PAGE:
Reviewed: Laurie Penny, Meat Market

The focus of Laurie Penny’s Meat Market will be familiar to readers of her blog and columns, with chapters confronting sex and sex work, eating disorders, transphobia and domestic labour. Meat Market is at its best when challenging media orthodoxies on these issues, and particularly when unpicking the disturbing collusion of conservative moralism and anti-porn feminism on the issue of ‘raunch culture’. The problem, Penny points out, isn’t that women are having sex – it’s that a lot of the time they aren’t really enjoying it, trapped in what she calls the ‘ruthless logic of performative irony’. Penny’s socialist-feminist perspective is a welcome challenge to the voices most often offered a platform in tabloid and broadsheet alike, typified either by Julie Bindel-esque transphobia or single-issue myopia, neither of which reflect the vitality and self-critique of much grassroots feminist activism.

A few things don’t quite add up. Penny joins fellow Zero author Nina Power in arguing for the relevance of Shulamith Firestone. Yet, despite Penny’s frequent recourse to Firestone and other second-wave thinkers like Juliet Mitchell, she refers to ‘second-wave feminism’ as if it was a monolithic chorus singing the praises of essentialism rather than the flawed but discordant rumble of emerging consciousness to which a thoughtful review of the period attests. Meat Market is a bit too derivative of Power’s excellent One-Dimensional Woman at times. I wish Penny had queried some of that book’s arguments, particularly Power’s tendency to conflate liberal feminism with Sex and the City (a problematic interpretation of feminism is not the same thing as a wholesale capitalist co-option of feminism). Penny has been criticised for embellishing her eyewitness accounts. Certainly, she’s a lone radical voice charged with representing an impossibly complex constituency. But while holding journalists like Penny to account, we should be attacking the culture that only gives one feminist the mic at a time. And do books about gender always have to be pink?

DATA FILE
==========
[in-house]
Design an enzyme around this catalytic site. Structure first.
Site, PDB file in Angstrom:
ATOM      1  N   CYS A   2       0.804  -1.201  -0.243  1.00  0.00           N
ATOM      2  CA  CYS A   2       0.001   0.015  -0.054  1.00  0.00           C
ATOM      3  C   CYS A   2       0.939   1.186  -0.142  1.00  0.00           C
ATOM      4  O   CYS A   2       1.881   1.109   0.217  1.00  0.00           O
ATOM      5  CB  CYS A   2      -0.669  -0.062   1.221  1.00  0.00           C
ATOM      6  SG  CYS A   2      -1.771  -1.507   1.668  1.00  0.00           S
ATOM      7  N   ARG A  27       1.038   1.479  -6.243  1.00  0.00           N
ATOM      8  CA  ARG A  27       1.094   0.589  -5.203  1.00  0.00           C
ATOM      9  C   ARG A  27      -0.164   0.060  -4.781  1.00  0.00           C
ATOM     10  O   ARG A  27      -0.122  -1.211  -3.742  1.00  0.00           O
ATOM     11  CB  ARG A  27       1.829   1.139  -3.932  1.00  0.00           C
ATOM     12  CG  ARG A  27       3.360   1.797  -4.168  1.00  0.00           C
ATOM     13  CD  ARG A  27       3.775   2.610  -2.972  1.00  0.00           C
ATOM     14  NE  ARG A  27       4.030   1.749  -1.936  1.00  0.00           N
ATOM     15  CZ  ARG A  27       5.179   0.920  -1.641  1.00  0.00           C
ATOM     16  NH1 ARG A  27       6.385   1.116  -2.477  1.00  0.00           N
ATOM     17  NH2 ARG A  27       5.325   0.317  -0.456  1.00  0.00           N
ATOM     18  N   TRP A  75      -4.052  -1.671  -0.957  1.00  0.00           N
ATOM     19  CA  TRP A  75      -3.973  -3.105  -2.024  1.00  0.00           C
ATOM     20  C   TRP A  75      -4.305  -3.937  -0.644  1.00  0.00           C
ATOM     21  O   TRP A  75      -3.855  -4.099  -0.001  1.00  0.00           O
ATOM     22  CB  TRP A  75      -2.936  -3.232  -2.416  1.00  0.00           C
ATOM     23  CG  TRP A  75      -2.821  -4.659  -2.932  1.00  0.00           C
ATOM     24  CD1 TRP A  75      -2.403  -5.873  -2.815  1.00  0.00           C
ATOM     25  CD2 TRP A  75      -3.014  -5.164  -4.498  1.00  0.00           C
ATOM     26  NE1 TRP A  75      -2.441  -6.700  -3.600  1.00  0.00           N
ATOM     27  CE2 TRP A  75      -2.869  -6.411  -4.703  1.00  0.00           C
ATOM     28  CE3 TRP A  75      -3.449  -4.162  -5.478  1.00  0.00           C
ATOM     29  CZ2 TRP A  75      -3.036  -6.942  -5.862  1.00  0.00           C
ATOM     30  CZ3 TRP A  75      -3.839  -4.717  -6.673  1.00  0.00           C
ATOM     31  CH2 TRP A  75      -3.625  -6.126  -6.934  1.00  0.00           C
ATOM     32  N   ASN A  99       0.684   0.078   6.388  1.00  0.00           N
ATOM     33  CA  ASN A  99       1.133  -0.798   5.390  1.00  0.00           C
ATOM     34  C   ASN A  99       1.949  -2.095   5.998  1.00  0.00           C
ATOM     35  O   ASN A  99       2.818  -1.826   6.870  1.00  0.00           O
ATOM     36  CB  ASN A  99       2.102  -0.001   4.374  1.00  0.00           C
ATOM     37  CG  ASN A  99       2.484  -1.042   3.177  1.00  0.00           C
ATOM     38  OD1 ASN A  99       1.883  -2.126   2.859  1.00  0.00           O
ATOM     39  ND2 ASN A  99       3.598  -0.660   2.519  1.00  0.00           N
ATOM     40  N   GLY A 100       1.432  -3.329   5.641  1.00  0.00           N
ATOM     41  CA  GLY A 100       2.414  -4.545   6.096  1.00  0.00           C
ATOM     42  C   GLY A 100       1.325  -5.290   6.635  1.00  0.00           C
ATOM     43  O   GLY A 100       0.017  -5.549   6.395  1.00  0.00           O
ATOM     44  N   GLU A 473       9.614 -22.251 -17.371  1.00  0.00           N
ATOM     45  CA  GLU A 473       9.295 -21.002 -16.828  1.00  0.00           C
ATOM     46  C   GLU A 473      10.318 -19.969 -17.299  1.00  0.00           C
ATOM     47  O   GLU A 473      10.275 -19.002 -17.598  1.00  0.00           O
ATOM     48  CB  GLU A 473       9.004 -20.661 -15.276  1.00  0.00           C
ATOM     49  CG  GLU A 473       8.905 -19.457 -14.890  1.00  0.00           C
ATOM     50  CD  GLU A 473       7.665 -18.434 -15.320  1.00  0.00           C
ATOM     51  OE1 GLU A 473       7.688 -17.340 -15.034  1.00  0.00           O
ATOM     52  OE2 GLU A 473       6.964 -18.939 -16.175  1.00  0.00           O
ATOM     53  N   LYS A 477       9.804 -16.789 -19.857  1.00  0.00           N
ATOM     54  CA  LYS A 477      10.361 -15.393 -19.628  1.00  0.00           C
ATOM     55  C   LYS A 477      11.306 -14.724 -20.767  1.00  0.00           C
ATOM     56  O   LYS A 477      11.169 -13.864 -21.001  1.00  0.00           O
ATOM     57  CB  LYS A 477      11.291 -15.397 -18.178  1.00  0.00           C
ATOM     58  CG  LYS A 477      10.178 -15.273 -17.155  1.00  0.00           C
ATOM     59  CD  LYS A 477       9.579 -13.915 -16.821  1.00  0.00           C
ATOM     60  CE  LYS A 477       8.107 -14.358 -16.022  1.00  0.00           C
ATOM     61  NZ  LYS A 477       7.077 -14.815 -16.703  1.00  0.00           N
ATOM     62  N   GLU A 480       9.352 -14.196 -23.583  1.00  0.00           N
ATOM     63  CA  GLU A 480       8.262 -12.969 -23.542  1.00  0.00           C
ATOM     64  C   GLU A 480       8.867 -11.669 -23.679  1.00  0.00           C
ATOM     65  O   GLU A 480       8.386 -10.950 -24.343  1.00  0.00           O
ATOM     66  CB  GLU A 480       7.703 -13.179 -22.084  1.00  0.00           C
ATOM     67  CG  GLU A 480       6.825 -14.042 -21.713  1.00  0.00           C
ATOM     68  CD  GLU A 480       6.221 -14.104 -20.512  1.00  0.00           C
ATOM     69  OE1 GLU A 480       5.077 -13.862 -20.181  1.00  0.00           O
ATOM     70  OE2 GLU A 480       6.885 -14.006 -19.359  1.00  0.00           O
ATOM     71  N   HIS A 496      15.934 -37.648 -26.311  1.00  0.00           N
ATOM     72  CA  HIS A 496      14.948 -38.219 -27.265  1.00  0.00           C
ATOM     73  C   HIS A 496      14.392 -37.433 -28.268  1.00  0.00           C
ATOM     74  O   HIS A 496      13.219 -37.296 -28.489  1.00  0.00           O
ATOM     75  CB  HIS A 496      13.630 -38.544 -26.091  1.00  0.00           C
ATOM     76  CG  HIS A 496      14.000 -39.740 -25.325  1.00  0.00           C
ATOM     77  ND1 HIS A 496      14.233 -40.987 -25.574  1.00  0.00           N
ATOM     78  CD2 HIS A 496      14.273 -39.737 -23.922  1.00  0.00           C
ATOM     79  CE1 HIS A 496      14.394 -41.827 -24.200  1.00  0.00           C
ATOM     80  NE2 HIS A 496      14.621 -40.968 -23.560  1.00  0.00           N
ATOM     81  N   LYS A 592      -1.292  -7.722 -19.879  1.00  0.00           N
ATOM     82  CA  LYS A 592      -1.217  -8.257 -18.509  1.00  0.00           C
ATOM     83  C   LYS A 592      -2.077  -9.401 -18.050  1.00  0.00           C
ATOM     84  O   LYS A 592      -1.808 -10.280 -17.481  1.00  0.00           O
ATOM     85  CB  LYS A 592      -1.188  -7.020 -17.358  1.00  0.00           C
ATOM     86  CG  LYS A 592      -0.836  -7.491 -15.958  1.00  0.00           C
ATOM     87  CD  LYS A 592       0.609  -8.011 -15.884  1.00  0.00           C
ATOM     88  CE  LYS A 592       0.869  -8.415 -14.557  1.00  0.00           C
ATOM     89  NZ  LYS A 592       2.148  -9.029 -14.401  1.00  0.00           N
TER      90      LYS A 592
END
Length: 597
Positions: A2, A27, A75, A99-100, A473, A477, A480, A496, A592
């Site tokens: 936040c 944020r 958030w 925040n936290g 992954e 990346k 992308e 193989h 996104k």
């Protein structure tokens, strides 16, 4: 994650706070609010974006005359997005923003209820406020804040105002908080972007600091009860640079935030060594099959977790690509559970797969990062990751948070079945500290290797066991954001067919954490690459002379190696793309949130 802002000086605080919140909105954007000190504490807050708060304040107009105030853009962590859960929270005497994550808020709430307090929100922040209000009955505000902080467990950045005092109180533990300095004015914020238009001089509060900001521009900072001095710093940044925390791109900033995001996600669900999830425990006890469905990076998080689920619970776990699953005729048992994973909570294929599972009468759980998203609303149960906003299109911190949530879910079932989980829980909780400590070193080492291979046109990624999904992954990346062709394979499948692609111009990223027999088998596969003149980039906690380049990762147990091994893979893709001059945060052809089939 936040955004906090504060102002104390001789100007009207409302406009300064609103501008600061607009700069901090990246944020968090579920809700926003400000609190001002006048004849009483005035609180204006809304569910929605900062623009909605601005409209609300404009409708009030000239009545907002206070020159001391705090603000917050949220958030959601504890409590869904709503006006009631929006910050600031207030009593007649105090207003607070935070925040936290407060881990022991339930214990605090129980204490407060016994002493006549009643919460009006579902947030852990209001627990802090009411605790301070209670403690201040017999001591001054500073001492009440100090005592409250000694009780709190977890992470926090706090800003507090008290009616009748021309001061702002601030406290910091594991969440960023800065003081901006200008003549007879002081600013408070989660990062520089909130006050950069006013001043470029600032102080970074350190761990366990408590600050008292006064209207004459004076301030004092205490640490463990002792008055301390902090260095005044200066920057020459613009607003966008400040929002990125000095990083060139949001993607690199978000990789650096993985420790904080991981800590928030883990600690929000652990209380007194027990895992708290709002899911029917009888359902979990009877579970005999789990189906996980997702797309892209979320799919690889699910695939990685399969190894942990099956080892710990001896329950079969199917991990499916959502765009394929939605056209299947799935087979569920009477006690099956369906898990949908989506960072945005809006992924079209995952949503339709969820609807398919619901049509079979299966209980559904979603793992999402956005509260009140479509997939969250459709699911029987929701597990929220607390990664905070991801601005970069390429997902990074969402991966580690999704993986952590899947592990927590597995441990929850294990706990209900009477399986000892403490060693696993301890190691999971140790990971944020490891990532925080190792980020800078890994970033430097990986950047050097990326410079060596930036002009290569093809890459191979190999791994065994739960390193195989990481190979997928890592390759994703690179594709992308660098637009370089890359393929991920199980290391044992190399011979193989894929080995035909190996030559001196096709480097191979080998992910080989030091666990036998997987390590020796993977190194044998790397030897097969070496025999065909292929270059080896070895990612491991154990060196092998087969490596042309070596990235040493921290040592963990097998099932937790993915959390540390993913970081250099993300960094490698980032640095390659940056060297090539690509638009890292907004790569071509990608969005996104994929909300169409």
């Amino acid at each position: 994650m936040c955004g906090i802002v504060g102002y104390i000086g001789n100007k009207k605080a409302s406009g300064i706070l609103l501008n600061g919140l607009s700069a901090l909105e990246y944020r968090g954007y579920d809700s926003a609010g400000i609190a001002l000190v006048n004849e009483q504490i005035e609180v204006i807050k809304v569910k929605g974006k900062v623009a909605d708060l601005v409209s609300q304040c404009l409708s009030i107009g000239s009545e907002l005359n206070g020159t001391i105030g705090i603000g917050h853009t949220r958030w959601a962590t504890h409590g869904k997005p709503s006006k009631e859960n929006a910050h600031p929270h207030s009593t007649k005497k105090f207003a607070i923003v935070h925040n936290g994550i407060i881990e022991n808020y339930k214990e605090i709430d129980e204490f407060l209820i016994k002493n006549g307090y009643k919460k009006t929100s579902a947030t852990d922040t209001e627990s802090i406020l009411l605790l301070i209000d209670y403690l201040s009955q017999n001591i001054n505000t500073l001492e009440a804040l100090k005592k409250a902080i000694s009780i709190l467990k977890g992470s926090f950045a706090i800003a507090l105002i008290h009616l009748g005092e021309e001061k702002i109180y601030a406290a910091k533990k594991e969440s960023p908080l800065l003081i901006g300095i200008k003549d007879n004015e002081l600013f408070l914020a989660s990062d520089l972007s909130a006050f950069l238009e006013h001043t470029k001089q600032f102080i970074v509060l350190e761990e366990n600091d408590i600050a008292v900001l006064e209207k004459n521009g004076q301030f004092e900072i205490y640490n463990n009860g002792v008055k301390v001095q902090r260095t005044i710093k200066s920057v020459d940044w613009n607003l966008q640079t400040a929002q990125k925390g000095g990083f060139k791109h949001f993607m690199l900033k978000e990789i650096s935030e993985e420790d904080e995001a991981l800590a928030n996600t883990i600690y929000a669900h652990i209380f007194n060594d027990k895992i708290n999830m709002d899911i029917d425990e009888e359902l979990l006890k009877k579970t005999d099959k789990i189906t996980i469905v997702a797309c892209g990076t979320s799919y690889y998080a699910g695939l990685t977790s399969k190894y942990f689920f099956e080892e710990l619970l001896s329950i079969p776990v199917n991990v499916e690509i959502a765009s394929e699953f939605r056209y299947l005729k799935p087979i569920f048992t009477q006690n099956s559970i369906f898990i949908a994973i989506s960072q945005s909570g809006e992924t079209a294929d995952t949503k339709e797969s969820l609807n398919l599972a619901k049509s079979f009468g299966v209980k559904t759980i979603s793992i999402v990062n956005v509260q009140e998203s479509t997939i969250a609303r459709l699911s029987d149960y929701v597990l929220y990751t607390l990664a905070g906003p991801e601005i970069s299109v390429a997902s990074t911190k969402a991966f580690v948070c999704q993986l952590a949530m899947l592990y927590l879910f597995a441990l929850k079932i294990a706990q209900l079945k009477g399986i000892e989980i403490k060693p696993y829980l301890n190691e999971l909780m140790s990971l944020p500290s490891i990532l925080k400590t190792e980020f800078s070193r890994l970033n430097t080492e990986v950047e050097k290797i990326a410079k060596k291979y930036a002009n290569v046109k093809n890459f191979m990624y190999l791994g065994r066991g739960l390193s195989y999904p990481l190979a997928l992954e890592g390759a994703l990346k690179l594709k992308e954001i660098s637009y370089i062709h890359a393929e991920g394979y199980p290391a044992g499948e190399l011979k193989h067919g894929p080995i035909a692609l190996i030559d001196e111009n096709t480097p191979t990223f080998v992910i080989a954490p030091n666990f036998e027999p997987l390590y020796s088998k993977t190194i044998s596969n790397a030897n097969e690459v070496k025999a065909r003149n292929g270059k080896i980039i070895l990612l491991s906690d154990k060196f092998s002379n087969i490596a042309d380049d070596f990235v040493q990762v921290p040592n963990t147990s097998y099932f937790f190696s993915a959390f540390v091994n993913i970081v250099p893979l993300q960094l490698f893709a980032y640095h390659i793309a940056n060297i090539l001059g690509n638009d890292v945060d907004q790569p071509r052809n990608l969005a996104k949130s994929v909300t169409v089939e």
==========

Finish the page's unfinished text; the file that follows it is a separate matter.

Meat Market by Laurie Penny (Zero Books, 2011)

Reviewed by Sophie Jones

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